Every motherboard needs a way to connect to the lights and switches on the front cover of the case in which it is housed. Depending on the design and age of the case, there will be lights for Power On, Hard Drive Activity, and possibly Turbo and Suspend Mode.
Switches will usually include Reset, and sometimes Turbo and Suspend. In addition to these lights and switches, the bundle of wires coming from the front of the case will usually include a connector for the small internal speaker as well.
The motherboard may have a single block of pins where all these wires connect, or the connections may be found on separate parts of the board. Note that most cases will have at least some wires for lights and switches that are not used or supported by some motherboards. These extra wires can be ignored. In any case, the lights and switches won’t make a difference in whether the system works or not; they just give you a better indication of the status of the system at any given time.
In rare cases, connecting these wires improperly can prevent the system from coming up at all. If you’re not sure where any of these wires should go, the safest approach is to leave them disconnected initially. Once the system is performing properly, you can experiment with different locations for the wires in question. Move only one at a time, until you’ve found the proper position.
In connecting these wires, you’ll want to be aware that the Light Emitting Diodes (LEDs) are polarity sensitive. If you have the wires connected to the right pins but the light isn’t working, reverse the position of the pins and the LED should operate properly. The switches and speaker are not polarity sensitive, so they will work every time if they are connected to the correct pins on the motherboard.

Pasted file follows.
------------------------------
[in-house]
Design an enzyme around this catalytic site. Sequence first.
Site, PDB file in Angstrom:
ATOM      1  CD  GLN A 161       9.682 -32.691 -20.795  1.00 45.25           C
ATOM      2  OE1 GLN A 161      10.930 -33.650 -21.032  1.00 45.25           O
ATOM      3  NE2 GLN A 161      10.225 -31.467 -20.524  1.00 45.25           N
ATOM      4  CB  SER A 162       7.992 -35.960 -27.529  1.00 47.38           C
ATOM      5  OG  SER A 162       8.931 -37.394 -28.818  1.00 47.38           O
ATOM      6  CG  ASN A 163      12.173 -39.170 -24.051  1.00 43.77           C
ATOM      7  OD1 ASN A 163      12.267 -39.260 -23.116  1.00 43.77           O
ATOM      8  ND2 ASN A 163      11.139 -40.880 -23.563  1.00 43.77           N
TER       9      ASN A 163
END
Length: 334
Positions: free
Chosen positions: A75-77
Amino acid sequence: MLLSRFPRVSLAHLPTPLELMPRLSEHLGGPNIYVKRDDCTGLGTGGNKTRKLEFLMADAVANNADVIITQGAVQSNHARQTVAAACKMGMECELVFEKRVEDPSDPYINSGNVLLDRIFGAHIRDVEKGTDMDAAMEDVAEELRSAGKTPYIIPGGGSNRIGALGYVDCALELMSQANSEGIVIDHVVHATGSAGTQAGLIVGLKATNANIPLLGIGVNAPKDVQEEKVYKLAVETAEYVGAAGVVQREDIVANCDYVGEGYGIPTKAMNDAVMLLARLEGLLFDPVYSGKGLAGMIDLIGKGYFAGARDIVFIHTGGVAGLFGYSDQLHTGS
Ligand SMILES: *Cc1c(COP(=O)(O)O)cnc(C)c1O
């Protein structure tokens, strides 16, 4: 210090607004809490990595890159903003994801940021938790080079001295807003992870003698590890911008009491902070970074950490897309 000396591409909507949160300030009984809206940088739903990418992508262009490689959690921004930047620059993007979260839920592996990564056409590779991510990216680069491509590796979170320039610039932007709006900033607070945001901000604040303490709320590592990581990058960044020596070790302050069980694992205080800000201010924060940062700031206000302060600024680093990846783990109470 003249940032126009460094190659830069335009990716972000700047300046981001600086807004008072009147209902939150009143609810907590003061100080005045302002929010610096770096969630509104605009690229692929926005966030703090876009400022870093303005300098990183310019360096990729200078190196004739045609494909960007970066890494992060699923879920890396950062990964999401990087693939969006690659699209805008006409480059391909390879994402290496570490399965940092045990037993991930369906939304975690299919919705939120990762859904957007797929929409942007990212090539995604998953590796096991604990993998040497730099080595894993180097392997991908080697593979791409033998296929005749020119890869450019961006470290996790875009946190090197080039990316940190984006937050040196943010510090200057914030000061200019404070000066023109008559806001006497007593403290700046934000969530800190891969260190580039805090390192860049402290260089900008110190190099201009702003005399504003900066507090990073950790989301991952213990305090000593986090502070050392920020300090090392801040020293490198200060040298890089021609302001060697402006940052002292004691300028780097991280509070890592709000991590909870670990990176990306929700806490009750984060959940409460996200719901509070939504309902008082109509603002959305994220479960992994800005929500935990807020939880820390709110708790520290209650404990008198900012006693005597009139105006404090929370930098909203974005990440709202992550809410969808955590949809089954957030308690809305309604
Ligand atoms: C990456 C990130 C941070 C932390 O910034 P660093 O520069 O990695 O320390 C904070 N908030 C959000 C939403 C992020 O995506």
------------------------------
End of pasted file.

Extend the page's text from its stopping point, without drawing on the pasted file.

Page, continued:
In this Daily Drill Down, I’ve presented an overview of the architecture of that vital piece of hardware, the motherboard. Next time, I’ll cover motherboard form factors, jumper/DIP switch settings for processor upgrades, identifying Pin 1 connectors, and some of the other components you’re likely to find on motherboards.
Ken Dwight has been in the computer industry since 1966 and has worked on personal computers since 1982. He is founder and president of The TeleProcessors, Inc., a 28-year-old software and consulting firm based in Houston, TX. Ten days per month, he teaches PC Troubleshooting and Advanced PC Troubleshooting for a major international training company.
The authors and editors have taken care in preparation of the content contained herein but make no expressed or implied warranty of any kind and assume no responsibility for errors or omissions. No liability is assumed for any damages. Always have a verified backup before making any changes.